October 2013

Fed Stimulus Set to Continue

Citing weak economic growth and a slowdown in housing, the Federal Reserve agreed this week to maintain the pace of its stimulus program. The Fed will continue buying $85 billion a month in treasury bonds and mortgage-backed securities through November.

Many economists expected the Fed to begin reducing its purchases, or “tapering,” back in September, but the Fed decided it wanted to see further signs of economic improvement before winding down the program. That view appears not to have changed. 

Case-Shiller Home Price Index Shows Largest Increase In Seven Years

The closely watched S&P/Case-Shiller home price index climbed 0.93 percent in August, higher than expected. Year-over-year home prices were up a scorching 12.82 percent nationally, the largest annual gain since the housing bubble.

“All 20 cities reported positive year-over-year returns. Thirteen cities posted double-digit annual gains. Las Vegas and California continue to impress with year-over-year increases of over 20 percent,” said David Blitzer, chairman of the Index Committee at S&P.

Cancelled Health Insurance Policies Put Spotlight on Democrats

The rocky Obamacare rollout got even rockier this week, as thousands of Americans continued to receive cancellation notices from their existing health care providers. What’s worse, a newly-discovered IRS document written in 2010 predicted just this scenario – that many Americans would be dropped by their insurers as a consequence of the Affordable Care Act.

Dental Coverage in Obamacare? Yes and It's Easy to Get!

Now that the furor in Washington over Obamacare has subsided, at least for the time being, Americans are starting to take a closer look at just what the new law entails. Dental insurance is an important component of the Affordable Care Act that rarely gets talked about, but it’s there – and Virginia resident Sarah Bedard Holland wants you to know about it.

Florida Auto Insurance Reforms Get Green Light

Two weeks ago we covered the ongoing battle over Florida’s no-fault auto insurance system. Florida lawmakers say the current system is rife with fraud and passed a package of reforms to limit no-fault claims, but the legislation was halted in March by a circuit court injunction. Last week that injunction was overturned by an appeals court, allowing the reforms to go ahead.

Florida CFO Jeff Atwater, who strongly favors the reforms, praised the ruling.

Weekly Round-Up: October 26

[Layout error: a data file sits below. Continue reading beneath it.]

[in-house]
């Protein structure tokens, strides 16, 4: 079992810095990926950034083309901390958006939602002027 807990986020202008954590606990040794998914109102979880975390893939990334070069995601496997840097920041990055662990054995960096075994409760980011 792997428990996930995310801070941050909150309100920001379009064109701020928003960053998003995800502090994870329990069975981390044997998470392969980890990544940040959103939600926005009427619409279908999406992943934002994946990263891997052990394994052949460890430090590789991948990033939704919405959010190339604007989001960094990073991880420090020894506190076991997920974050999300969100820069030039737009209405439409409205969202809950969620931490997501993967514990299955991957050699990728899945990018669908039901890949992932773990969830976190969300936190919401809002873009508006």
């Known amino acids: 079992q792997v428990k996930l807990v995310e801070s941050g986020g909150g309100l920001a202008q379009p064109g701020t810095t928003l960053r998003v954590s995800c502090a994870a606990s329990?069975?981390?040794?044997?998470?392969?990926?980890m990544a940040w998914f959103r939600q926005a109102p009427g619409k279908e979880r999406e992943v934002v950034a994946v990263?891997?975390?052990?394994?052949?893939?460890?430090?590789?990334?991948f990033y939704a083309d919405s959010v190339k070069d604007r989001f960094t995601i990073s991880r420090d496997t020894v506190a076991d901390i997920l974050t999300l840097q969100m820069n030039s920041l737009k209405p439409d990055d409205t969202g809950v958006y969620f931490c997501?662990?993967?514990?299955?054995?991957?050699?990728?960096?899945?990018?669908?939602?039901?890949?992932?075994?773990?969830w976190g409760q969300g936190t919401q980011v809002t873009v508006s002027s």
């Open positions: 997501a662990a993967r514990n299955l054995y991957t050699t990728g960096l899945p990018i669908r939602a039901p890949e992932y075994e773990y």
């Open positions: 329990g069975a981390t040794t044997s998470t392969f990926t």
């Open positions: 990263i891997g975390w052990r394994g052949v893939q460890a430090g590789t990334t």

Key stories from the week that was.

Stock markets rallied this week, while mortgage rates continued to fall. The S&P 500 index set a record high on hopes the Federal Reserve will maintain stimulus well into 2014.

Mortgage rates fell to their lowest level since June 20, which should bode well for the housing recovery. The 30-year fixed rate mortgage from Freddie Mac fell to 4.13 percent, down from last week’s 4.28 percent.

Yellen Nomination On Hold?

Kentucky Republican Rand Paul is threatening to put a hold on the nomination of Janet Yellen to lead the Federal Reserve. Paul, a staunch advocate for greater transparency at the Fed, said he will stall the nomination unless the Senate puts a bill he is sponsoring to a vote.

Large Mortgages to Continue at Fannie and Freddie – For Now

Federal regulators overseeing Fannie Mae and Freddie Mac announced they will allow the mortgage giants to continue funding higher-priced loans into next year. The Thursday decision surprised many industry observers, who had expected the government to shrink Fannie and Freddie’s footprint in the mortgage market as soon as next month.

Housing Intact? Mortgage Applications Dip

The number of Americans applying for a mortgage continued to trend lower last week, despite falling interest rates and the end of the government shutdown.

Applications for mortgages fell 0.6 percent week-over-week, while refis dropped by 1 percent, according to the latest report from the Mortgage Bankers Association.

September Jobs Report Weaker Than Expected

The September jobs report was released this morning, after being delayed nearly three weeks due to the government shutdown. The U.S. economy added just 148,000 jobs for the month, lower than many economists had forecast. Meanwhile, the unemployment rate fell to 7.2 percent as more Americans dropped out of the workforce, according to the Bureau of Labor Statistics.

“This kind of report adds to the sense of foreboding about our economy,” said Claire McKenna, an analyst at the National Employment Law Project.